Wednesday, June 21, 2006

Biblica Articles

Wim J.C. WEREN, «The Macrostructure of Matthew’s Gospel: A New Proposal» , Vol. 87(2006) 171-200. The weakness of the proposals concerning the macrostructure of Matthew’s Gospel made by Bacon and Kingsbury is that they depart from rigid caesuras, whilst a typical characteristic of the composition of this Gospel is the relatively smooth flow of the story. On the basis of the discovery that the various topographical data are clustered together by means of three refrains we can distinguish three patterns in the travels undertaken by Jesus. This rather coarse structure is further refined with the use of Matera’s and Carter’s distinction between kernels and satellites. Kernels are better labelled as “hinge texts”. The following pericopes belong to this category: 4,12-17; 11,2-30; 16,13-28; 21,1-17; 26,1-16. Each of them marks a turning point in the plot and has a double function: a hinge text is not only fleshed out in the subsequent pericopes but also refers to the preceding block. It is especially these “hinge texts” that underline the continuity of Matthew’s narrative and should prevent us from focussing too much on alleged caesuras.

Peter SPITALER, «Doubt or Dispute (Jude 9 and 22-23). Rereading a Special New Testament Meaning through the Lense of Internal Evidence» , Vol. 87(2006) 201-222. The middle/passive verb diakri/nomai occurs twice in Jude’s letter. It is usually rendered with the classical/Hellenistic meaning “dispute” in v. 9, and the special NT meaning “doubt” in v. 22. Beginning with a brief discussion of the methodological problems inherent in the special NT meaning approach to diakri/nomai, this article offers an interpretation of vv. 9 and 22 based on the letter’s internal evidence. The content of Jude’s letter permits diakri/nomai to be consistently translated with its classical/Hellenistic meaning, “dispute” or “contest”.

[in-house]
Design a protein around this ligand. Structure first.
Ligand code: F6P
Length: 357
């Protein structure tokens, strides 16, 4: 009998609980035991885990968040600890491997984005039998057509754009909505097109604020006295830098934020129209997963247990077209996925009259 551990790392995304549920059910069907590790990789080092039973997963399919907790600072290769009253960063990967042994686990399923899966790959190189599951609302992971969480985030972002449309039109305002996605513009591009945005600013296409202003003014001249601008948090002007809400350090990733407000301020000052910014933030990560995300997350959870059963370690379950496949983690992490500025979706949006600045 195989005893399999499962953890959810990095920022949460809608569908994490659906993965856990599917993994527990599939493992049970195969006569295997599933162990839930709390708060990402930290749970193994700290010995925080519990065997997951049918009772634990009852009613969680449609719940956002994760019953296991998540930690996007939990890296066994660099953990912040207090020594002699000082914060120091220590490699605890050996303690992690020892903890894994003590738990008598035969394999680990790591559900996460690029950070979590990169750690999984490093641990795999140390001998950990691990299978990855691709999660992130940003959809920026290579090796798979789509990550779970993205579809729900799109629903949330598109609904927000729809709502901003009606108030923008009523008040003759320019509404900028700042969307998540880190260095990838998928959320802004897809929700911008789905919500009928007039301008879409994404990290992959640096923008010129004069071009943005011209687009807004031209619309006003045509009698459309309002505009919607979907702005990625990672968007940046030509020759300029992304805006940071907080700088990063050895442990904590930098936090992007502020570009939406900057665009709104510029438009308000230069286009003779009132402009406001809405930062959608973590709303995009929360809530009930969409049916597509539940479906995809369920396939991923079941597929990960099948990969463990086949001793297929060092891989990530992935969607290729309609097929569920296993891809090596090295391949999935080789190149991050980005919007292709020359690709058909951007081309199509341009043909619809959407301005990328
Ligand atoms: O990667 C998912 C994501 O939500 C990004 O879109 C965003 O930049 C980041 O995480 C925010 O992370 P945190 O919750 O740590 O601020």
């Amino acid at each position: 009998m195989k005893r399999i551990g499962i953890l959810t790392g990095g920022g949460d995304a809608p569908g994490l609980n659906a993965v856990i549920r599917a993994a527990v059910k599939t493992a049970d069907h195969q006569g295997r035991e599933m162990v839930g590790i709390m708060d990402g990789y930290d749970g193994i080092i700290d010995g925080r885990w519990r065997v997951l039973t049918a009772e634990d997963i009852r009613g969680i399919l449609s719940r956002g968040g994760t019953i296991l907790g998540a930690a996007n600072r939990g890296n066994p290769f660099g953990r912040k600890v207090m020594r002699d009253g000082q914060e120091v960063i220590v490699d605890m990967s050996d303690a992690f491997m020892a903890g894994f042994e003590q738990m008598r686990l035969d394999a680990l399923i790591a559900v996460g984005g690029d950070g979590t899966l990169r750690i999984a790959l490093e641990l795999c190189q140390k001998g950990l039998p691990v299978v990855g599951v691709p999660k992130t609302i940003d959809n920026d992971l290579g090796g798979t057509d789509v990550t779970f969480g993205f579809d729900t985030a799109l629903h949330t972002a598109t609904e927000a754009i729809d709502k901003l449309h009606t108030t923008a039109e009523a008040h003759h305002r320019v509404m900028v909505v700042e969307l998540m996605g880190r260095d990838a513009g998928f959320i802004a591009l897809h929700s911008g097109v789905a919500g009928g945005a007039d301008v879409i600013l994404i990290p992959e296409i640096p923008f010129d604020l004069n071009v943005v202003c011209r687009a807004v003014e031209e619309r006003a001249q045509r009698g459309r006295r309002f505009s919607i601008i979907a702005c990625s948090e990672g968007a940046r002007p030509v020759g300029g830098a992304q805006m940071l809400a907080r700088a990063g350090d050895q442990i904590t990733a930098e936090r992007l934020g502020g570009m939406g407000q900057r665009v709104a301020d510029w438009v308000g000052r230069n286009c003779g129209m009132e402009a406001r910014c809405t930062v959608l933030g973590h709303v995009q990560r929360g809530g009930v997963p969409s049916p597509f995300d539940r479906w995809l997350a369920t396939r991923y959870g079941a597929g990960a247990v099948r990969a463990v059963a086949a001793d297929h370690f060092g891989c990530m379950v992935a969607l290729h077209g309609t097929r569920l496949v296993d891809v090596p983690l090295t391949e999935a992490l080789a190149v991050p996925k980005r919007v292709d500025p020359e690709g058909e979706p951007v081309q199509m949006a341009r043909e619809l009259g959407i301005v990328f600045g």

Robert L. MOWERY, «Paul and Caristanius at Pisidian Antioch» , Vol. 87(2006) 221-242. A recently-published Latin inscription from Pisidian Antioch refers to four benefactions that a prominent citizen named Caristanius had provided to fulfill a vow on behalf of the emperor Claudius. Since this inscription refers to the year 45/46 CE, it refers to benefactions that may have been provided near the time when Paul arrived in the city. After surveying the contents of this inscription and reviewing scholarly opinion concerning the date when Paul arrived, this paper reflects on the ethnic diversity of first century Pisidian Antioch, the religious beliefs reflected in Caristanius’ vow, the likely impact of his benefactions on the residents of the city, and the possibility that he may have been one of “the leading men of the city” mentioned in Acts 13,50.


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